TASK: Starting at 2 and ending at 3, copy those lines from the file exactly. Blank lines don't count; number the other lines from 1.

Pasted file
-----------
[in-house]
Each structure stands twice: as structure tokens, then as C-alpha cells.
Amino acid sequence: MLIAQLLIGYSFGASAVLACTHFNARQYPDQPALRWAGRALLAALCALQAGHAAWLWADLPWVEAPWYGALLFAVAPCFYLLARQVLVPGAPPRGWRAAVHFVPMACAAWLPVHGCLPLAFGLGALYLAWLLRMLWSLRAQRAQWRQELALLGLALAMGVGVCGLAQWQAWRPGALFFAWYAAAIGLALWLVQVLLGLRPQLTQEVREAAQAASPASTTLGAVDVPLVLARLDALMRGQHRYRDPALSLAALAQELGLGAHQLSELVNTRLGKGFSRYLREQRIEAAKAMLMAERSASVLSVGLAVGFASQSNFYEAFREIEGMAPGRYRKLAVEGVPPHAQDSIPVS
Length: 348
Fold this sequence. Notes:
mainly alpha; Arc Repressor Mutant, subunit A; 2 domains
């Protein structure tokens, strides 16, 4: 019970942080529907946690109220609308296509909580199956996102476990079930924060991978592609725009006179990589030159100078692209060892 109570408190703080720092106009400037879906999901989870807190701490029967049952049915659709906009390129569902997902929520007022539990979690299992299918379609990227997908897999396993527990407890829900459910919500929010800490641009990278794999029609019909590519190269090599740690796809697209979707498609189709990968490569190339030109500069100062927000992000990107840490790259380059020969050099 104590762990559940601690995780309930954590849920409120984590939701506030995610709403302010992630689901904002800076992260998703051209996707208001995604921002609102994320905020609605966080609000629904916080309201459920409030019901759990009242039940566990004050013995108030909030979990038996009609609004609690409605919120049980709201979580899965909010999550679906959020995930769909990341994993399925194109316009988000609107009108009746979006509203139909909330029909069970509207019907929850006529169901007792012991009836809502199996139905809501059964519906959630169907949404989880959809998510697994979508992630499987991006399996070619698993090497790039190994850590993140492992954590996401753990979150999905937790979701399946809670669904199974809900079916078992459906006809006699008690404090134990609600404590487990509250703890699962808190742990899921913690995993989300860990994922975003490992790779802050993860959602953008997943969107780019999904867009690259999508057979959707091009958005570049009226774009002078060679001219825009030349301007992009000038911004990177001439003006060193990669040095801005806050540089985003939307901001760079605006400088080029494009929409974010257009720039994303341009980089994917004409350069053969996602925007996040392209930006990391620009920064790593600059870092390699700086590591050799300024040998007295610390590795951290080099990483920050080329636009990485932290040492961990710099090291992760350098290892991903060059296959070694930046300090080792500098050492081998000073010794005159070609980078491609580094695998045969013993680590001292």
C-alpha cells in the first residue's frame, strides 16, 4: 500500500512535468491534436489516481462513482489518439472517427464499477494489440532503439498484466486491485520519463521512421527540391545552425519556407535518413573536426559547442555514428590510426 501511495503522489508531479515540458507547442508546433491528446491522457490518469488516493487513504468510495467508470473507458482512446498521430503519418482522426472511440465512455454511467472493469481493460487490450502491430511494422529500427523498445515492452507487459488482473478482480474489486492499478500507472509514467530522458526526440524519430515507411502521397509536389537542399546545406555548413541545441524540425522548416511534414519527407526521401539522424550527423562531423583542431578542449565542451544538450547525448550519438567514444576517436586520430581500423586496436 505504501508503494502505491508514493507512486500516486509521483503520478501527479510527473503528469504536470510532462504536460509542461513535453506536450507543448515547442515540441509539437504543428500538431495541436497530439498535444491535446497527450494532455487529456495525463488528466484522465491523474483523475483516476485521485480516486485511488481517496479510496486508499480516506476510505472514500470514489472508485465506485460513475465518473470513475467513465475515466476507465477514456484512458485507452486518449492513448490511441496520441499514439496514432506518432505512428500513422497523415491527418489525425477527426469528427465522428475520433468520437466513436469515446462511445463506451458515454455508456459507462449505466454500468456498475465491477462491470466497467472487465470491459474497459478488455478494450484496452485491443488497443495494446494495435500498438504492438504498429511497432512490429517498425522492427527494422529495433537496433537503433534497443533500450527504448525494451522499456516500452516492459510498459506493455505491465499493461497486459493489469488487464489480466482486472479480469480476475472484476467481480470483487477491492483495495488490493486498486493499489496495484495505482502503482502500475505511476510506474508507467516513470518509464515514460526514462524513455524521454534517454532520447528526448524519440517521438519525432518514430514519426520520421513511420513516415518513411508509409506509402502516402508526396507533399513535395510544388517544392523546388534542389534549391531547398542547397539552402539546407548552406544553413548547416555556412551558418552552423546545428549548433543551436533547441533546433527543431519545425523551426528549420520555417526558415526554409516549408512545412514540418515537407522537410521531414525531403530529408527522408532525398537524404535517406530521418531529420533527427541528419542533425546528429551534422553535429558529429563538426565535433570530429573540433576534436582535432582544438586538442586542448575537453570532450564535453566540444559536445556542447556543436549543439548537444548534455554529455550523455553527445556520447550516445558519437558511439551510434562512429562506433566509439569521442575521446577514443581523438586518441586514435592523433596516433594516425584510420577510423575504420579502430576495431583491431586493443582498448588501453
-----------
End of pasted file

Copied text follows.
Each structure stands twice: as structure tokens, then as C-alpha cells.
Amino acid sequence: MLIAQLLIGYSFGASAVLACTHFNARQYPDQPALRWAGRALLAALCALQAGHAAWLWADLPWVEAPWYGALLFAVAPCFYLLARQVLVPGAPPRGWRAAVHFVPMACAAWLPVHGCLPLAFGLGALYLAWLLRMLWSLRAQRAQWRQELALLGLALAMGVGVCGLAQWQAWRPGALFFAWYAAAIGLALWLVQVLLGLRPQLTQEVREAAQAASPASTTLGAVDVPLVLARLDALMRGQHRYRDPALSLAALAQELGLGAHQLSELVNTRLGKGFSRYLREQRIEAAKAMLMAERSASVLSVGLAVGFASQSNFYEAFREIEGMAPGRYRKLAVEGVPPHAQDSIPVS